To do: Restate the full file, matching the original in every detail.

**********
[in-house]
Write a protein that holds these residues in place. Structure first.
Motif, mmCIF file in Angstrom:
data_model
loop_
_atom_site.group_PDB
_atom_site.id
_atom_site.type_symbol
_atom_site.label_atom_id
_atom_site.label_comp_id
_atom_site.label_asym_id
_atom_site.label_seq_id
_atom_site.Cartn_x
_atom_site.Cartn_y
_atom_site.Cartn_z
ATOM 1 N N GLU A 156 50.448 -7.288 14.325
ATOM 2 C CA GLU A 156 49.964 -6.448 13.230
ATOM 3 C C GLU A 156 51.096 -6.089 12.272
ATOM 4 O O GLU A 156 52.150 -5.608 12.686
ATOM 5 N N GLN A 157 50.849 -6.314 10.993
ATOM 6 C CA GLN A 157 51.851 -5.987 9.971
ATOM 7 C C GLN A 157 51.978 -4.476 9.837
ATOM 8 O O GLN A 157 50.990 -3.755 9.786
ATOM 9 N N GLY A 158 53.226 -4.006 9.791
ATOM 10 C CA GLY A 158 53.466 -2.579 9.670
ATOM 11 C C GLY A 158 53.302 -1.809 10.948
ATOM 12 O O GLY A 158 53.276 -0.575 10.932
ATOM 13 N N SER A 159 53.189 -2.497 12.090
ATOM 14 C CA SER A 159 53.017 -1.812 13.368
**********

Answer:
[in-house]
Write a protein that holds these residues in place. Structure first.
Motif, mmCIF file in Angstrom:
data_model
loop_
_atom_site.group_PDB
_atom_site.id
_atom_site.type_symbol
_atom_site.label_atom_id
_atom_site.label_comp_id
_atom_site.label_asym_id
_atom_site.label_seq_id
_atom_site.Cartn_x
_atom_site.Cartn_y
_atom_site.Cartn_z
ATOM 1 N N GLU A 156 50.448 -7.288 14.325
ATOM 2 C CA GLU A 156 49.964 -6.448 13.230
ATOM 3 C C GLU A 156 51.096 -6.089 12.272
ATOM 4 O O GLU A 156 52.150 -5.608 12.686
ATOM 5 N N GLN A 157 50.849 -6.314 10.993
ATOM 6 C CA GLN A 157 51.851 -5.987 9.971
ATOM 7 C C GLN A 157 51.978 -4.476 9.837
ATOM 8 O O GLN A 157 50.990 -3.755 9.786
ATOM 9 N N GLY A 158 53.226 -4.006 9.791
ATOM 10 C CA GLY A 158 53.466 -2.579 9.670
ATOM 11 C C GLY A 158 53.302 -1.809 10.948
ATOM 12 O O GLY A 158 53.276 -0.575 10.932
ATOM 13 N N SER A 159 53.189 -2.497 12.090
ATOM 14 C CA SER A 159 53.017 -1.812 13.368